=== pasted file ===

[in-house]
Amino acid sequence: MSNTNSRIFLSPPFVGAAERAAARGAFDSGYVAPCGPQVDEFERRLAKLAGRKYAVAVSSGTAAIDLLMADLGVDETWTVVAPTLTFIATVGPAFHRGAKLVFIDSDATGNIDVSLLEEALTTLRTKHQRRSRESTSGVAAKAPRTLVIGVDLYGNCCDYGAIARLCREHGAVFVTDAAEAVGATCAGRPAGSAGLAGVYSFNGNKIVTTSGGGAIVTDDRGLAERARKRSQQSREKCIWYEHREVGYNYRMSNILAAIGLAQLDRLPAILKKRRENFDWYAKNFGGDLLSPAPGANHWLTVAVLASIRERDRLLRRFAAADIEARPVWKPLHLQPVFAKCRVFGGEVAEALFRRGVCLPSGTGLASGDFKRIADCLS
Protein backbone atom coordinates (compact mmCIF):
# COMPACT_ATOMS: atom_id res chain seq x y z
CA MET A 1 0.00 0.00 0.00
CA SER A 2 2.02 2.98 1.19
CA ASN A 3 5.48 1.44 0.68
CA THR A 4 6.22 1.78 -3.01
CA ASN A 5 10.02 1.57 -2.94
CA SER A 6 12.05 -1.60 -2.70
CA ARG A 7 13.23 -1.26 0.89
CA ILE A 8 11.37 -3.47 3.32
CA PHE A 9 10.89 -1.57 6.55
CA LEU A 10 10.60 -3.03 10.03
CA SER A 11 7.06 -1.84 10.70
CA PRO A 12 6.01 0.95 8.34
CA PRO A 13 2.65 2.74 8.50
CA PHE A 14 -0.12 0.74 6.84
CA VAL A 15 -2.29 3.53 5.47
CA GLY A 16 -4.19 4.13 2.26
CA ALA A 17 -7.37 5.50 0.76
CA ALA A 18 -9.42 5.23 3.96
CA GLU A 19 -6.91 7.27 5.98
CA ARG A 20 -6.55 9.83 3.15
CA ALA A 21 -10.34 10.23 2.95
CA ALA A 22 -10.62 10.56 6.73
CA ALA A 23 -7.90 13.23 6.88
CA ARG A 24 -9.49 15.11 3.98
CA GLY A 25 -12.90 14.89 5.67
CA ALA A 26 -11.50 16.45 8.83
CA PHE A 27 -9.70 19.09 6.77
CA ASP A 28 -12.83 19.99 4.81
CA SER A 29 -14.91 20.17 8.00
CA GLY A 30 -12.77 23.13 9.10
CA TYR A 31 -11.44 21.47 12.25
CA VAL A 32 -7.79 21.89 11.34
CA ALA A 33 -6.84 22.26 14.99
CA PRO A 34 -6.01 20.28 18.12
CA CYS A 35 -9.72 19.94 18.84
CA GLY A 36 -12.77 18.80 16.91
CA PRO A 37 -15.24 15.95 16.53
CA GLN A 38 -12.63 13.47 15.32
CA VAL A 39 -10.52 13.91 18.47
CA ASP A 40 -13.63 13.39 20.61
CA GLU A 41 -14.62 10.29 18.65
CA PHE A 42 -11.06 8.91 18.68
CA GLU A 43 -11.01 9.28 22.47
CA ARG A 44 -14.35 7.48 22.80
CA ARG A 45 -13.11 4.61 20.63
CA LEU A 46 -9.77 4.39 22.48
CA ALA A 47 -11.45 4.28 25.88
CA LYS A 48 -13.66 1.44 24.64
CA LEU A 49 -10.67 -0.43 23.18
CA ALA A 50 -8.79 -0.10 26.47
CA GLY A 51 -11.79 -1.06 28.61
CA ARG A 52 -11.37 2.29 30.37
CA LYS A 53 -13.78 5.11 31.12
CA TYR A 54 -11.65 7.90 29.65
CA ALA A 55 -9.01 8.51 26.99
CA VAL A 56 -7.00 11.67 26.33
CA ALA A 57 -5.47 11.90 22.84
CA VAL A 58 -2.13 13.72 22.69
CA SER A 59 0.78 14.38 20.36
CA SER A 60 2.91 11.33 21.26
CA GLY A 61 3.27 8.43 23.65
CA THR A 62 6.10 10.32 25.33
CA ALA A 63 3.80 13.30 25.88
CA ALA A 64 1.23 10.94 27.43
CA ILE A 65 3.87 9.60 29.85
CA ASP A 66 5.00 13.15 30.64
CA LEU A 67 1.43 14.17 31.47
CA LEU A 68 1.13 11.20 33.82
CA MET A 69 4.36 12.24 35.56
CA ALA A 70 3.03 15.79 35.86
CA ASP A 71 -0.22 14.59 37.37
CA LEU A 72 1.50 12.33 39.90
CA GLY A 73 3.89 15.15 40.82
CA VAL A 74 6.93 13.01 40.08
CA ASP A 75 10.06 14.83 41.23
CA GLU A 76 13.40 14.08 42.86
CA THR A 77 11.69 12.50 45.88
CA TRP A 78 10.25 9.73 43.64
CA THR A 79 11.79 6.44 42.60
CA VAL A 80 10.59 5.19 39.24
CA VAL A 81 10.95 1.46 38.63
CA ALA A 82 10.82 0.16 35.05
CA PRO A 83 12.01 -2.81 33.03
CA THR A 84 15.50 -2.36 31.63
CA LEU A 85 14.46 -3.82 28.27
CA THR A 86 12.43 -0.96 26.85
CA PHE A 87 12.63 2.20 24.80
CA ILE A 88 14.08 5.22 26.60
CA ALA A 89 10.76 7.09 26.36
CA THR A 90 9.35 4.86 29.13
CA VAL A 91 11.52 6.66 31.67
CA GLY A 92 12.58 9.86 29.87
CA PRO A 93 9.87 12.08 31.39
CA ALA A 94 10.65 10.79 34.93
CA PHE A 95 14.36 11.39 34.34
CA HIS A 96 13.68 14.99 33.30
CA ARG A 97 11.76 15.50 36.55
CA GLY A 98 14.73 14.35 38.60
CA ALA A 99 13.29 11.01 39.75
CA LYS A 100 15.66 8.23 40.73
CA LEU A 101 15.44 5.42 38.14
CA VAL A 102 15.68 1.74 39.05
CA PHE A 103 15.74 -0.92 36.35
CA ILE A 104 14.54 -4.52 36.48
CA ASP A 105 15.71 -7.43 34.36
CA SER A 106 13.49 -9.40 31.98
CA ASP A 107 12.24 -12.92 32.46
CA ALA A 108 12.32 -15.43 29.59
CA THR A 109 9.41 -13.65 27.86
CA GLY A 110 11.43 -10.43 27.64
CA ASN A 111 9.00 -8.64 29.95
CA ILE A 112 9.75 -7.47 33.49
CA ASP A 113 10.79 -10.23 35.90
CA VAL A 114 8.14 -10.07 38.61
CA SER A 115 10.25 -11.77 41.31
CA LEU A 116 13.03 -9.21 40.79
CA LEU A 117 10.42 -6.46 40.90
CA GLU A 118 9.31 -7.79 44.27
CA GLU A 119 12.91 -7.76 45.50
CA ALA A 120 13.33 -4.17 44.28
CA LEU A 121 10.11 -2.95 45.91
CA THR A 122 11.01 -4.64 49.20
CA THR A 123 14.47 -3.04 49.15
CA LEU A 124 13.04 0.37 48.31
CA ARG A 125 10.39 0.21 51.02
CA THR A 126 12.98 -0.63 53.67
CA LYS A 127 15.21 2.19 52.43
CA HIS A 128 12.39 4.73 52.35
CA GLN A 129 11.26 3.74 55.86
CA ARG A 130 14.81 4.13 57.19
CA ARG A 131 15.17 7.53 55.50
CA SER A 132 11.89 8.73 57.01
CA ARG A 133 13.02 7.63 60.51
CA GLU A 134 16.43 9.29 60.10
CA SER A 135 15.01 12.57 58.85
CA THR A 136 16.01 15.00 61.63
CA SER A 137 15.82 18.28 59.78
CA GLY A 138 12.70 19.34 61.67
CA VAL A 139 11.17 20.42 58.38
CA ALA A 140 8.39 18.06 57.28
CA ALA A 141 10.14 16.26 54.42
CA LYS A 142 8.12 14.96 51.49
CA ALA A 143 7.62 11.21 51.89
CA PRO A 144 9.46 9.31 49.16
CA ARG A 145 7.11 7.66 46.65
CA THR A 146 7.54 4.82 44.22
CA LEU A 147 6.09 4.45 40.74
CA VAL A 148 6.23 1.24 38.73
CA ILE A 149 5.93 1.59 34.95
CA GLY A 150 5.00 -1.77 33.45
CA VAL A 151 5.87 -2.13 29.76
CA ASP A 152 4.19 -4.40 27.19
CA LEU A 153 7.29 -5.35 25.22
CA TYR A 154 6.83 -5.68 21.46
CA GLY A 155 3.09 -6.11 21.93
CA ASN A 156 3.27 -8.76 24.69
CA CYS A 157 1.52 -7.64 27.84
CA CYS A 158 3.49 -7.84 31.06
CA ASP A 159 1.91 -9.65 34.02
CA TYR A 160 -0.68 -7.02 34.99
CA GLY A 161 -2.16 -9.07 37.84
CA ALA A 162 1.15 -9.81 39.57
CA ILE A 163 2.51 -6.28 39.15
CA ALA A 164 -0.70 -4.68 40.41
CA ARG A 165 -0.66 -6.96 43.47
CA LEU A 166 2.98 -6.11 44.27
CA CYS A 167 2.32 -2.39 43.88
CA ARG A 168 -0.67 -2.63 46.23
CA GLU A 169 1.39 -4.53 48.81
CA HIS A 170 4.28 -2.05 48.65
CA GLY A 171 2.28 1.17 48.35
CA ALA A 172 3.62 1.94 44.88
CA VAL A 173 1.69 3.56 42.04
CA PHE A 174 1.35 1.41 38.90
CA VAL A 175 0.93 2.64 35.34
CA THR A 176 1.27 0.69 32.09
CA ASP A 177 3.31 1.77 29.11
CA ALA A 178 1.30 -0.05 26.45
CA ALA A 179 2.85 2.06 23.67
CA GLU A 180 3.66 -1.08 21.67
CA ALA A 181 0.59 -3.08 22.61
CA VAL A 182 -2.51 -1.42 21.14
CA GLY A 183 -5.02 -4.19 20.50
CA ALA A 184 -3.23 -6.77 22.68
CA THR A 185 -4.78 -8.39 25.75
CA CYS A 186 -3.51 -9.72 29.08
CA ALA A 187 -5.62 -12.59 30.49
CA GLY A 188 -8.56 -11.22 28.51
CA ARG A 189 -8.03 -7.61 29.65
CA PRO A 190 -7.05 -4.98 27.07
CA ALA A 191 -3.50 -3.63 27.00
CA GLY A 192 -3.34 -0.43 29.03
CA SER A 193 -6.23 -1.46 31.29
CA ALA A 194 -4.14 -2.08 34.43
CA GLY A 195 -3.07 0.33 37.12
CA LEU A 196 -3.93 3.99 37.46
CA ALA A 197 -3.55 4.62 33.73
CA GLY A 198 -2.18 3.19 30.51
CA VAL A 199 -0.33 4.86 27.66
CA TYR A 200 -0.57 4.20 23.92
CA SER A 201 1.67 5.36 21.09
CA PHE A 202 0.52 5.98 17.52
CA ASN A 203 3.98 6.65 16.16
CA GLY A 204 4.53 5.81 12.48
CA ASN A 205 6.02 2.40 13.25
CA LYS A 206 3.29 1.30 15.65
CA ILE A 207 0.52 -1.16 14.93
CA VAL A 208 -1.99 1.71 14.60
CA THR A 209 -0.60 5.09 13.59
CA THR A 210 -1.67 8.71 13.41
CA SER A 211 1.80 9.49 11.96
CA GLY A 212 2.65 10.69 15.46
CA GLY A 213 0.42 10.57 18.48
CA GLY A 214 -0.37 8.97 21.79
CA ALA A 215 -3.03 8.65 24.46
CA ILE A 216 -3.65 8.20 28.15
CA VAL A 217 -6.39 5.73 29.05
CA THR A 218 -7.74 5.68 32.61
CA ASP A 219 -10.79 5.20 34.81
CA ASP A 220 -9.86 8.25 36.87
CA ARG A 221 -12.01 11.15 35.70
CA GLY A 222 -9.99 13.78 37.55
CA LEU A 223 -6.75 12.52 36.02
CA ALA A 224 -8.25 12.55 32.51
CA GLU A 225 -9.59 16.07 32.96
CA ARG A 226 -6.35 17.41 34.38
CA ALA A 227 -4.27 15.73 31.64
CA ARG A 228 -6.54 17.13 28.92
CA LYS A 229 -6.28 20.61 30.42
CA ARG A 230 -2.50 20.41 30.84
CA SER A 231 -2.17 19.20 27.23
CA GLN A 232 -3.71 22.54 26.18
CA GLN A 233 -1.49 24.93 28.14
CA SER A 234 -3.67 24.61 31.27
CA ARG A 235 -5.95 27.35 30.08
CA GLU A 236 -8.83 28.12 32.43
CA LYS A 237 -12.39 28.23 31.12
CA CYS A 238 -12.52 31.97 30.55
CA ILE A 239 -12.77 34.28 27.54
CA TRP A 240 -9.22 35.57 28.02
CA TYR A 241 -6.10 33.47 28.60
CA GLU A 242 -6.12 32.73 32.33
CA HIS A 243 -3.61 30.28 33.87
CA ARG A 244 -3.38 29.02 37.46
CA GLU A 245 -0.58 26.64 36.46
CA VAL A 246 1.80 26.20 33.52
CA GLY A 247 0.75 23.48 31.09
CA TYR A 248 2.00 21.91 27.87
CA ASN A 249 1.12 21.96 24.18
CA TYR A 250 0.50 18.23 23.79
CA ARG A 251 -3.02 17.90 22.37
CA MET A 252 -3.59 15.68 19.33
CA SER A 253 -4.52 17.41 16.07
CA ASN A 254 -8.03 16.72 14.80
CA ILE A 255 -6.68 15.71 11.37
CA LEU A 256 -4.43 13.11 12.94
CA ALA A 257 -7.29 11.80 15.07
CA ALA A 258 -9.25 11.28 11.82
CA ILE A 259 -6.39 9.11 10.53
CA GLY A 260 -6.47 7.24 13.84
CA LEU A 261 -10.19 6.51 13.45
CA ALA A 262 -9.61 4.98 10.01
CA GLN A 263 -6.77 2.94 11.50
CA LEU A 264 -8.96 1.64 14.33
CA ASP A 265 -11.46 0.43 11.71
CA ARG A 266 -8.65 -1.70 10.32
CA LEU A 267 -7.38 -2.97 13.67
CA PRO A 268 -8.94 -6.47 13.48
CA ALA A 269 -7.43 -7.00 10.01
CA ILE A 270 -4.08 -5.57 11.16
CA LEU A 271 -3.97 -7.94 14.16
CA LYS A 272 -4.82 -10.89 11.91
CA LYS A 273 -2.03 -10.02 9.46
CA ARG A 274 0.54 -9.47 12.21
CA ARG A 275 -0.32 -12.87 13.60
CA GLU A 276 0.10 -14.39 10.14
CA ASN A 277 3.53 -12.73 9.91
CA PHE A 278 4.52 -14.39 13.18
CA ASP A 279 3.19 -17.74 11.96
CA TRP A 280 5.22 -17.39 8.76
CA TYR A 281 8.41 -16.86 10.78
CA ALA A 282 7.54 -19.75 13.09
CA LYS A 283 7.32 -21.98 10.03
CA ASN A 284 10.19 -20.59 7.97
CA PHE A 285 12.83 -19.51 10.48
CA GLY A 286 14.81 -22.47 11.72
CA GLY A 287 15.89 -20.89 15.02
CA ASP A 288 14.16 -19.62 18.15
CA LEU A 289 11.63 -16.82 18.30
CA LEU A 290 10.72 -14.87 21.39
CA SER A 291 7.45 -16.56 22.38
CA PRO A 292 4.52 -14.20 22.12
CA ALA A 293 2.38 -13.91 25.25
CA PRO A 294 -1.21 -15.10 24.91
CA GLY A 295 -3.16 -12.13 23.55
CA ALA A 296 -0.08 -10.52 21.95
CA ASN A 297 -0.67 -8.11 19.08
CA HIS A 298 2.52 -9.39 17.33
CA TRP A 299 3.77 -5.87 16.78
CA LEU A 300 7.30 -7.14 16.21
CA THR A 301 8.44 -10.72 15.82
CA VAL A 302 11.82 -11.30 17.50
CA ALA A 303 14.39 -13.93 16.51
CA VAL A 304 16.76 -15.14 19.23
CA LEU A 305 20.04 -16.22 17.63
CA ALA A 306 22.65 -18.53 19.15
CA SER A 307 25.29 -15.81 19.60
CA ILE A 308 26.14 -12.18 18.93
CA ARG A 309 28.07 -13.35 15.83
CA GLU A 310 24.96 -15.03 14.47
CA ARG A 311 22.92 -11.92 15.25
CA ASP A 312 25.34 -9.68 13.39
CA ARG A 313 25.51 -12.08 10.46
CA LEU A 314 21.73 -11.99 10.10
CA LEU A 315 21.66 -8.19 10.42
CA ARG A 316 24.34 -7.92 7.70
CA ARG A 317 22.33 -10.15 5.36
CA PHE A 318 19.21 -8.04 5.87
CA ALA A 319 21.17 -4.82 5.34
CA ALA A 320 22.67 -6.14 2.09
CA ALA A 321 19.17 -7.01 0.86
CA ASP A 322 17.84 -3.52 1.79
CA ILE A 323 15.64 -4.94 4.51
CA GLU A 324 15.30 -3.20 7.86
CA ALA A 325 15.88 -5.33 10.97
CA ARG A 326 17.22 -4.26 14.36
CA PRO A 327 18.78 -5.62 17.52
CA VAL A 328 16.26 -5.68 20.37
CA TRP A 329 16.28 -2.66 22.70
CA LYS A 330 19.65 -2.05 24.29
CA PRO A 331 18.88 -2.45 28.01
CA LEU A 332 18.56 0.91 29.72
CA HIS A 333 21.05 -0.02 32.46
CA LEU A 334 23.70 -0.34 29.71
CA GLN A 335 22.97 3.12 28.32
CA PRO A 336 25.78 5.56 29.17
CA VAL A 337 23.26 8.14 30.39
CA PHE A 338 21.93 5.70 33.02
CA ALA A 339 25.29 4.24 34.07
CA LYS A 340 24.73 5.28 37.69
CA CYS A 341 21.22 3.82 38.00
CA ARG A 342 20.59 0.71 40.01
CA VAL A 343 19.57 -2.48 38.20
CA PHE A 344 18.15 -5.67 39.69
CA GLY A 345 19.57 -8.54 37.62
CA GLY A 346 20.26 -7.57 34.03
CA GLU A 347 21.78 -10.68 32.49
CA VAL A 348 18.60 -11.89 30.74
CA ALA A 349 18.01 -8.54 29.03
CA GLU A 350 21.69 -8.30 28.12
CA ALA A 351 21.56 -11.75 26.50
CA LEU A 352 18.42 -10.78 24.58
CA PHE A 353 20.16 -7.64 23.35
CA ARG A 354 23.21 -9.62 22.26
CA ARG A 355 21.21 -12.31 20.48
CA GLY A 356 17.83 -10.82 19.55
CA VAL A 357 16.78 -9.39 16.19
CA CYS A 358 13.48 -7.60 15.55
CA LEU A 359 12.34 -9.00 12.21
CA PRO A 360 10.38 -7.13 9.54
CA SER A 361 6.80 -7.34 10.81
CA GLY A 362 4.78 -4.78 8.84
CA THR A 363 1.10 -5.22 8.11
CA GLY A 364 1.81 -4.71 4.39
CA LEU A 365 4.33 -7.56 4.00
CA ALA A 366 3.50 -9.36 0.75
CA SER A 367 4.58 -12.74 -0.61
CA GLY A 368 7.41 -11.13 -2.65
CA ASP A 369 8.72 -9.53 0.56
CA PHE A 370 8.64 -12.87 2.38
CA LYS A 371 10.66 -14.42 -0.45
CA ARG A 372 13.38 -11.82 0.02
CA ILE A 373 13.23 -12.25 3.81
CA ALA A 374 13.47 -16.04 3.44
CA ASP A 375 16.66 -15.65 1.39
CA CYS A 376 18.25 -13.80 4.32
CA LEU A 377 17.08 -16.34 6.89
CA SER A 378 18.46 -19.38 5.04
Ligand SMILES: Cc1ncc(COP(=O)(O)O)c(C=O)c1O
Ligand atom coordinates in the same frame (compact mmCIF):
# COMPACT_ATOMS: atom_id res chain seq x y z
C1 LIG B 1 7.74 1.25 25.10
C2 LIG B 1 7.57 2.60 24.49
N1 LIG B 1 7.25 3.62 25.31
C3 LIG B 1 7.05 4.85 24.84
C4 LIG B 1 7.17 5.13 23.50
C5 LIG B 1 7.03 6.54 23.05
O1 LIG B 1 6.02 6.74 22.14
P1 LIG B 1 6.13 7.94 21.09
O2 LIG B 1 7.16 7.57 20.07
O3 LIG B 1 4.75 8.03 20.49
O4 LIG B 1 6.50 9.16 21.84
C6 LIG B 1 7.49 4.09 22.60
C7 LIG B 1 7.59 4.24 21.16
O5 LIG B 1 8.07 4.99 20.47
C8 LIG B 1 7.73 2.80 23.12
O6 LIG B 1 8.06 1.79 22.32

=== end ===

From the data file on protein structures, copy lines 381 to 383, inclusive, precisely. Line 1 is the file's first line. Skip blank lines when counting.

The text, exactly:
CA LEU A 377 17.08 -16.34 6.89
CA SER A 378 18.46 -19.38 5.04
Ligand SMILES: Cc1ncc(COP(=O)(O)O)c(C=O)c1O